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Mild Mannered Reviews - Teen Titans Comics

Teen Titans #0 Teen Titans #0

Teen Titans #0

Scheduled to arrive in stores: September 26, 2012

Cover date: November 2012

"Red Robin"

Writer: Scott Lobdell
Penciller: Tyler Kirkham
Inker: Batt, Norm Rapmund, Jon Sibal

Reviewed by: Shawn Morrissey

Click to enlarge

Tim Drake is a talented young man. He excels at gymnastics. He's a computer whiz. He has scholarships pouring on his lap. What's more, he has proud, loving parents who support him in everything he does. He's in control of his life, and opportunity isn't knocking on his door, it's banging it down. Despite all this, Tim needs more. He needs to do more, be more. He needs to be Batman's partner, and he's made some stellar efforts in finding out just who the Dark Knight really is. Unfortunately for Tim, all the clues that bring him to the identity of the Batman were all planted - by Batman.

Batman is always ten steps ahead. That's how he stays on top of a very dangerous game, and he isn't about to let Tim play, not when the teenager has so much going for him; not when he has something a young Bruce Wayne didn't - parents. Batman lays his stamp on Tim's application for the job of Robin: denied.

Not easily dismayed, Tim takes to his own methods of crime fighting, mostly to get Batman's attention. However, his approach - steal from the rich, give to the poor - proves a tad dangerous when he steals from Oswald Chesterfield Copplepot, aka the Penguin. Privy to Tim's actions and the probable repercussions, Batman arrives at Tim's house just in time to save the would-be do-gooder and his parents from the Penguin's trigger happy goons.

When the dust settles, Tim's folks enter the witness relocation program to stay safe from the Penguin. They don't want the same life of anonymity for Tim, and so ask Batman to look after the young man. Painfully the Drake family parts, leaving Tim to a new life, full of opportunities that rival those he's had to leave behind. Enter, Red Robin.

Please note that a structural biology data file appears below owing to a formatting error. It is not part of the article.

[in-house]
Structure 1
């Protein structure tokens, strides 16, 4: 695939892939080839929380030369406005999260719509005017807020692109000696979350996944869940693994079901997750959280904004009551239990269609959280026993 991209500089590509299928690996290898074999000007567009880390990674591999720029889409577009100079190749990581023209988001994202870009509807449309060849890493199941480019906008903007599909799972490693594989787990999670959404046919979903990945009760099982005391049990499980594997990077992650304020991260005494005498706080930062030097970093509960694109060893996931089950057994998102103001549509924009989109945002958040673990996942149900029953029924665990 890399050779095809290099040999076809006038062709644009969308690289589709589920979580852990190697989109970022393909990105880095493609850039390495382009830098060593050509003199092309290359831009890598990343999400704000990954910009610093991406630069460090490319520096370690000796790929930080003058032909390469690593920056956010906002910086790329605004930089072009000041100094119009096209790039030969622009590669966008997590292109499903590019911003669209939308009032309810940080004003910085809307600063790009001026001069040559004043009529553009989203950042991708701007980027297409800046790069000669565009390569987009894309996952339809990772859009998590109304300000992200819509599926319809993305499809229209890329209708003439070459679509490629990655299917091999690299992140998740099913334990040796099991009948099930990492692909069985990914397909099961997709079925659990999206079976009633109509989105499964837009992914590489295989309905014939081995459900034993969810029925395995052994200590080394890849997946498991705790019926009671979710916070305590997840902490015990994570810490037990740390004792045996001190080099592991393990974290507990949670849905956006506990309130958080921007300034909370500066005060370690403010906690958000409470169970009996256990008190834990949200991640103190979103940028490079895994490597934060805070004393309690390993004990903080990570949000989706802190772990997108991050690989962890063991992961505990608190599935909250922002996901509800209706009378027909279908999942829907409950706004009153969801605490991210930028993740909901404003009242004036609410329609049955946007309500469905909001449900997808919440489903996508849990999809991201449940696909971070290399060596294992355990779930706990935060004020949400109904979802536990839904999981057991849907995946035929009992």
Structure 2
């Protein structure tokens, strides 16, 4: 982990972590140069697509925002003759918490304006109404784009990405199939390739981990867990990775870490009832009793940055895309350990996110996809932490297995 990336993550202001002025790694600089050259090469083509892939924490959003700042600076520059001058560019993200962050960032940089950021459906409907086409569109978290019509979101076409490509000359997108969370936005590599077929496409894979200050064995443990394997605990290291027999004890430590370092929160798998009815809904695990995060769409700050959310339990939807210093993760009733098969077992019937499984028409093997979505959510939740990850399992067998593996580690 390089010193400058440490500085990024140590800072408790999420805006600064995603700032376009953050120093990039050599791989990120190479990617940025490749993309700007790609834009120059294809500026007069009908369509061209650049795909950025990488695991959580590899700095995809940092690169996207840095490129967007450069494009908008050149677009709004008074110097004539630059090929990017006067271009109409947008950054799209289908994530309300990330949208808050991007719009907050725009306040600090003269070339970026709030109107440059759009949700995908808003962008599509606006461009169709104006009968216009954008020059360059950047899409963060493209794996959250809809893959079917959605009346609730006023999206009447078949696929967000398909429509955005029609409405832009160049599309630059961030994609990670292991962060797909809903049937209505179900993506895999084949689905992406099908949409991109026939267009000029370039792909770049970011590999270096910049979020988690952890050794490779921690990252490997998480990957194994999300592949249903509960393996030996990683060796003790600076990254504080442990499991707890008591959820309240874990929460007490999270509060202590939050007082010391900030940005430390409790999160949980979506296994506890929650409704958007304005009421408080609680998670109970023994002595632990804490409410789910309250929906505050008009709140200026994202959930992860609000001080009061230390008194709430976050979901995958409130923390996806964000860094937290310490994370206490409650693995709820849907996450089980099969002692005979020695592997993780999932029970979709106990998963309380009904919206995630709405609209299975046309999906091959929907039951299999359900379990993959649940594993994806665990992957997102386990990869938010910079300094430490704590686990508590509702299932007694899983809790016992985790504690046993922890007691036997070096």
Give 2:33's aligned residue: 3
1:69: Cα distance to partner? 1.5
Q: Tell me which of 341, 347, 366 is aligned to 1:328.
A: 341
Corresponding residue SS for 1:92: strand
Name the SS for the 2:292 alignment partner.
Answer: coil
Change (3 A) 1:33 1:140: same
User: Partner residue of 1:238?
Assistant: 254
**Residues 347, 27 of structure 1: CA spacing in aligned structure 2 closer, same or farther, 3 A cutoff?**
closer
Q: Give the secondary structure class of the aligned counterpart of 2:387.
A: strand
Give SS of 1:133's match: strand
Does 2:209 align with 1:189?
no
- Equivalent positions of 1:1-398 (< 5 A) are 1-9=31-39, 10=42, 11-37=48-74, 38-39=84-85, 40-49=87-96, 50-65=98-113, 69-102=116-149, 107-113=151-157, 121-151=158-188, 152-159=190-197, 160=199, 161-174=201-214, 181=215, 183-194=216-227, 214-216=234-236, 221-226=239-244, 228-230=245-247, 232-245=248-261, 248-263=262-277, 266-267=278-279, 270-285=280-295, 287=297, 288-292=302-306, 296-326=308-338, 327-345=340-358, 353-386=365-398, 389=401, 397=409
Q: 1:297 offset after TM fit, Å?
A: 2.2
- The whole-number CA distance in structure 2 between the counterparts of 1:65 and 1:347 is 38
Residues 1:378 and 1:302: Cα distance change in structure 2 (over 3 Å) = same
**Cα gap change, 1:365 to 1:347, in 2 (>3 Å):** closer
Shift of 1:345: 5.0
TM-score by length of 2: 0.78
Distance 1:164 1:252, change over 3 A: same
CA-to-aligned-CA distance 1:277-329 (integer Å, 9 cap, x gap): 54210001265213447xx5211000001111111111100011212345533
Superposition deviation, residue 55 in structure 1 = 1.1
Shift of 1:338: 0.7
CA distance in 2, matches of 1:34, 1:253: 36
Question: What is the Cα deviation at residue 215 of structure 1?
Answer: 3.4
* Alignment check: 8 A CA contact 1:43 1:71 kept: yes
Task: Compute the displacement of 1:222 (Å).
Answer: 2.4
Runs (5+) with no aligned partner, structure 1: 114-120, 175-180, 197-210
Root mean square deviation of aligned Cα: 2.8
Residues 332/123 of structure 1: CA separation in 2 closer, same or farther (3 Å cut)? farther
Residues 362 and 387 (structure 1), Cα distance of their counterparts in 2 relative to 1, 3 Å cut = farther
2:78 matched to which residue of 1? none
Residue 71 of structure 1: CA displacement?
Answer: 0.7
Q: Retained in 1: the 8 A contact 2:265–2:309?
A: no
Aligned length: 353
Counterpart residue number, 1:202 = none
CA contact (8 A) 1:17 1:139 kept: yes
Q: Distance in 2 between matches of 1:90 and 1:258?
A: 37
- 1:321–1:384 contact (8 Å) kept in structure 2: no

3Story - 3: First off, I did mostly enjoy this story. It has far more je ne sais quoi than pretty much every Teen Titans issue to date, especially during the whole Culling nonsense. I like this Tim Drake, and I'm a bit bemused by some of the complaints of his current origin. I'm letting most complaints of the New 52 pass over me, though, since it almost seems like a thing of happy conformity to dislike it.

I think aspects of the new take on Tim's origin are a lot smoother than his first introduction more than twenty years ago. I've never been able to swallow that a nine-year-old could deduce the identity of Batman. In the New 52, Tim is still exceptionally bright, but it makes more sense that Batman would be able to keep tabs on the boy. That Batman plants clues that lead Tim to a meeting with the Dark Knight just feels much better.

Some changes in the origin are unique, but don't quite disrupt the storytelling. The fact that Tim was never "Robin" surely has some readers scratching out their hair and pulling out their eyes. I like that he goes by Red Robin right from the start. One thing I do miss is Dick Grayson's involvement in Tim's becoming Batman's partner. Of all this, though, the real trouble with the New 52 Robins is the timeline, but there's no room to go into that here.

What I found bothersome in the story was the apparent adoption of Tim by Batman. How could Batman, a vigilante with no public identity, adopt a child? Who let that happen? Did Gordon pull some strings? Did Jack and Janet Drake have some sort of sway over the adoption process? Surely people know that Batman has agreed to look after Tim, but what happens when they see Tim with Bruce Wayne? Isn't that a danger to Bruce's secret? Or does Bruce keep Tim tucked away in the Bat Cave? It's an abyss of a plot hole.

For us Super fans, there's no mention of Superboy. You'll have to get Superboy #0 for that tale.

All in all, #0 was a fairly decent outing, with only a little of Lobdell's knack for turning the reading of his dialogue into a chore.

3Art - 3: I missed Booth's pencils. It's no secret that I like the regular Teen Titans art team, but Kirkham does a good job. I particularly like his stout and agile Batman. Rapmund is still on board, but sharing inking duty.

2Cover Art - 2: The cover art itself is good, and it's the only hand Booth plays on this issue. I'm just not sure what to make of the zero issue covers. I understand that Zero Month was an event to celebrate the first anniversary of the new continuity, but having the characters pop out of, burn through, or just step out of the cover seems a little heavy handed. What's more, Skitter and Bunker aren't even in this issue, save a quick glance of each on Tim's computer, indicating an early interest in teenage metahumans.

Mild Mannered Reviews


Note: Month dates are from the issue covers, not the actual date when the comic went on sale.

January 2012

February 2012 March 2012 April 2012 May 2012 June 2012 July 2012 August 2012 September 2012 October 2012 November 2012 December 2012

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